Kakhari and other peaks Northern Kohistan. From the roadhead at Gabral, A. Cormack, leader, R. Metcalfe, J. Peck, Dr. I. Piper and I walked up the Gabral valley for 25 miles and set up Base Camp at 11,000 feet. From there another camp was put in a snow bowl on the east side of the valley at 15,000 feet and two peaks of 16,300 (August 14) and 16,600 feet (August 16) were climbed by Metcalfe and Piper. In the meantime Cormack and I had crossed the frontier ridge of Swat and Chitral to the west of the valley via a 16,000-foot pass, travelled down a subsidiary glacier to the Manali Gol and reached Bashkargolo Chat (lake) in Thalo Gol. Here we met the Austrian expedition from Graz, which had just climbed Ghokhar Sar and Harambot Zom. Returning up the Kachhikhani Gol, we left the Kachhikhani an on our left, following the Kachhikhani Glacier to a 17,000-foot col (between P 18,581 and P 19,262 on the Survey of Indian ½-inch map), which led back to the camp established on first crossing the frontier ridge. From this camp on August 23 Cormack and I climbed a peak of 17,800 feet on the ridge immediately south of the pass. On the following day we were all reunited at Base Camp and promptly stormbound for a week. Metcalfe, Peck and I then recrossed the frontier ridge and on September 3 from the old camp climbed a peak of 17,300 feet on the ridge to the north of the pass. Two days later Metcalfe and I climbed Kakhari (19,262 feet), still farther north, from the 17,000-foot col mentioned previously. Generally we enjoyed good weather but firm snow was rare and the rock shattered and loose. Still unclimbed are 1) Haranbit (19,675 feet), 2) P 19,072, inaccurately shown on the Survey of India map, 3) P 18,454 at the head of the Manali Glacier, 4) twin peaks both well over 18,000 feet on the frontier ridge south of No. 3. The first two would probably be best approached up the Thalo Glacier. The last two and possibly No. 3 might be gained from the glacier on the Swat side of the ridge. Neither Manali Gol nor the Manali Glacier can be recommended as approaches, though No. 3 would almost certainly prove easiest from that direction.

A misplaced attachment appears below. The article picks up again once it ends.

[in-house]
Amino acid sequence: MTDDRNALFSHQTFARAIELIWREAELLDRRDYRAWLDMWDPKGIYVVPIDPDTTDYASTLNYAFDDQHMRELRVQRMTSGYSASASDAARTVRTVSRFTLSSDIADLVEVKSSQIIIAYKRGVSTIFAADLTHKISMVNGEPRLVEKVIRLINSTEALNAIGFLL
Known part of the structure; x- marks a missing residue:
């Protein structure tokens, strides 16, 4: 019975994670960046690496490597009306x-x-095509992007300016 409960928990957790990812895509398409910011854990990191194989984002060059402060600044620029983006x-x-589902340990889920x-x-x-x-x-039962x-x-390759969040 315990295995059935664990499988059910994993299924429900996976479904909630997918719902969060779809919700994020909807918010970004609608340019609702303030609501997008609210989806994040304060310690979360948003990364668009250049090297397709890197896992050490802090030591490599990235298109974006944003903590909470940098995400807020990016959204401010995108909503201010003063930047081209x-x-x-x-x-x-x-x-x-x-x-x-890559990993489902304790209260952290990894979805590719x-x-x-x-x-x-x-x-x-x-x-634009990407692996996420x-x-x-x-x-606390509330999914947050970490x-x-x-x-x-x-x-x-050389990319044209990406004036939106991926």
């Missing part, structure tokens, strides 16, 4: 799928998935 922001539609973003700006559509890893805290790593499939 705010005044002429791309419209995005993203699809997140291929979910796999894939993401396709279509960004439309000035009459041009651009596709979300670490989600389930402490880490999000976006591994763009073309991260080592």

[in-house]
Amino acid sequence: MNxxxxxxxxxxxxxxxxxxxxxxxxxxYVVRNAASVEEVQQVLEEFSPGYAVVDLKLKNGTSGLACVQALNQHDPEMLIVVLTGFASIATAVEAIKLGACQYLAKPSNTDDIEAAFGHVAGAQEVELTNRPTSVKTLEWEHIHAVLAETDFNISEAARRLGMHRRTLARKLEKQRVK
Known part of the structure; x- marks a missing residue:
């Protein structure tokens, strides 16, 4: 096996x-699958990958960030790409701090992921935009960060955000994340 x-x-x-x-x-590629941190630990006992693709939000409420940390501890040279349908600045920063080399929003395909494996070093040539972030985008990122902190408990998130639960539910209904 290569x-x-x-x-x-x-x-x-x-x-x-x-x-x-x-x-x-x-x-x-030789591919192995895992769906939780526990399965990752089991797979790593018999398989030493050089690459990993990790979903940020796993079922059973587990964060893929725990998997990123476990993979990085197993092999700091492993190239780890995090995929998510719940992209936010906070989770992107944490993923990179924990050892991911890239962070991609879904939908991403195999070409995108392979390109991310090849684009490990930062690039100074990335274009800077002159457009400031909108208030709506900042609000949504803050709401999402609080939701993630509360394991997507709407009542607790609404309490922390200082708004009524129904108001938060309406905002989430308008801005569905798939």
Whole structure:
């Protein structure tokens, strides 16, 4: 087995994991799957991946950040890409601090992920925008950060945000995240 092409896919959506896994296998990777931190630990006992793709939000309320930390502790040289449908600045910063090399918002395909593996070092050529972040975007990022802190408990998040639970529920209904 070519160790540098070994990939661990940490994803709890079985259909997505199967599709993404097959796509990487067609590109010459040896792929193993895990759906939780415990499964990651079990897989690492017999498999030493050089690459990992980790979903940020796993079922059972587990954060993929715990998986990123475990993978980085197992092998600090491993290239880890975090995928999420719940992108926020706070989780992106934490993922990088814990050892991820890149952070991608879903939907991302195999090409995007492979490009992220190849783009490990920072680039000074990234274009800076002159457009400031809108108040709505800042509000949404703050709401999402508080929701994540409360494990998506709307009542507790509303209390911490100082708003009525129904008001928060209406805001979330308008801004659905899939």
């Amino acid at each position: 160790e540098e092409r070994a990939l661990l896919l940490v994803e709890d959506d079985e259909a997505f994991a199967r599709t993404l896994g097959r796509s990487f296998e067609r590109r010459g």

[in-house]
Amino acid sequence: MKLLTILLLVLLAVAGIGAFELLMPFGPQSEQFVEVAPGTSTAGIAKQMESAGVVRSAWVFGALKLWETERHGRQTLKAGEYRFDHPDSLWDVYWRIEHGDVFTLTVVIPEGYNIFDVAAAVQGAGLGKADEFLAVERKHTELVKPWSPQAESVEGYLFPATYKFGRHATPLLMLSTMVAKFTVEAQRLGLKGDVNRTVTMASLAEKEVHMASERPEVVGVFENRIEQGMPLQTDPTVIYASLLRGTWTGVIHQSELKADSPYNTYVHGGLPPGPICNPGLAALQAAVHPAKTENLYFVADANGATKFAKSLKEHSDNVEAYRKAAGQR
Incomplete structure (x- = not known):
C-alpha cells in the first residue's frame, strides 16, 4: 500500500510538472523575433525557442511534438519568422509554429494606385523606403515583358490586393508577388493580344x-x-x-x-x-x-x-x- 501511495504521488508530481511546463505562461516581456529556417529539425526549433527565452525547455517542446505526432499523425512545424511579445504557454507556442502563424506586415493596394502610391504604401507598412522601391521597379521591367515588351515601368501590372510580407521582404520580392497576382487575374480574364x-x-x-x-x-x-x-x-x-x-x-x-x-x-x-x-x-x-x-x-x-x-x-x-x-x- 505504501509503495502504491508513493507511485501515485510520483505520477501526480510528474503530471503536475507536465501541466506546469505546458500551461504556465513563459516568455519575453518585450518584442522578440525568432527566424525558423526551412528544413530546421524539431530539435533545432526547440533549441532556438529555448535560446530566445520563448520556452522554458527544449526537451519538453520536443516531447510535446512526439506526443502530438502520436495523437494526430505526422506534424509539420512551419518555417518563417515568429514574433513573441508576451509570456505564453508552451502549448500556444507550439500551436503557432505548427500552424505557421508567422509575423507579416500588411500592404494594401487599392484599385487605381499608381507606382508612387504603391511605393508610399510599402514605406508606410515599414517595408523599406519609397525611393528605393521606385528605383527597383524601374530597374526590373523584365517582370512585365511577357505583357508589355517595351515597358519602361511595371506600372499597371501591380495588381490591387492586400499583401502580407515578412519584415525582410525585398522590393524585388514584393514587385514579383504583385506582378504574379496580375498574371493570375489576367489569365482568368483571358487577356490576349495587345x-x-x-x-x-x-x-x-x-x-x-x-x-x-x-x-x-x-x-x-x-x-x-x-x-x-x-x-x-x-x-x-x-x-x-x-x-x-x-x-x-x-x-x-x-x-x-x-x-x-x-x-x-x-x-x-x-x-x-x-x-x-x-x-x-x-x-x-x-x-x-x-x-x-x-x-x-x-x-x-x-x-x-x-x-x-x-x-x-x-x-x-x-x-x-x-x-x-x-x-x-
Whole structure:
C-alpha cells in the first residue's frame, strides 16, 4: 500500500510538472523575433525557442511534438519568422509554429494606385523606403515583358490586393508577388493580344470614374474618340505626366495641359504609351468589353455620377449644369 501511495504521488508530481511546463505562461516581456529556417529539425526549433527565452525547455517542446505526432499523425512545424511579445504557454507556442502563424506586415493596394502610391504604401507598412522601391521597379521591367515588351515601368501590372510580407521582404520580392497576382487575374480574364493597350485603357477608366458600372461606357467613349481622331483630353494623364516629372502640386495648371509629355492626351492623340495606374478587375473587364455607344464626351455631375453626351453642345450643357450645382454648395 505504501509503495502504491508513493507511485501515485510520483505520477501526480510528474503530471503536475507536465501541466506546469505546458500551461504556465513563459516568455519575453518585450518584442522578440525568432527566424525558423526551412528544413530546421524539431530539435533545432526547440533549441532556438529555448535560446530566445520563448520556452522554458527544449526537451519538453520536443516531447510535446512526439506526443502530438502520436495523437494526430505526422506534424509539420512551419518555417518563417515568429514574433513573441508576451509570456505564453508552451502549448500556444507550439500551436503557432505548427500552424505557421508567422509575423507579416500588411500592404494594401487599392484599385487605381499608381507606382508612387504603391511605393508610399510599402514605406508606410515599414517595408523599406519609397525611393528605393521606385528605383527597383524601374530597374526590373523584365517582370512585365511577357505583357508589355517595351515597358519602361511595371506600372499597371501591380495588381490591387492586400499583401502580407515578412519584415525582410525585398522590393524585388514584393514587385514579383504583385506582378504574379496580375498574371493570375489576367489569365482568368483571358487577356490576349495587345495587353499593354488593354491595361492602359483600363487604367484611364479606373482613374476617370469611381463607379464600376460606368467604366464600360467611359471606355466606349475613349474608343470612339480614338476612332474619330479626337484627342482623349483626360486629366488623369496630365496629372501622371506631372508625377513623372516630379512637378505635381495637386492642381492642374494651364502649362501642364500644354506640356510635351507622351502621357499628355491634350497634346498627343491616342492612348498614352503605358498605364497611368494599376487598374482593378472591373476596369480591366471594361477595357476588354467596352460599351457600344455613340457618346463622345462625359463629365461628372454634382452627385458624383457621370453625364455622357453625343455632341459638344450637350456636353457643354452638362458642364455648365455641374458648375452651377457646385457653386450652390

Robert Collister, Cambridge University Mountaineering Club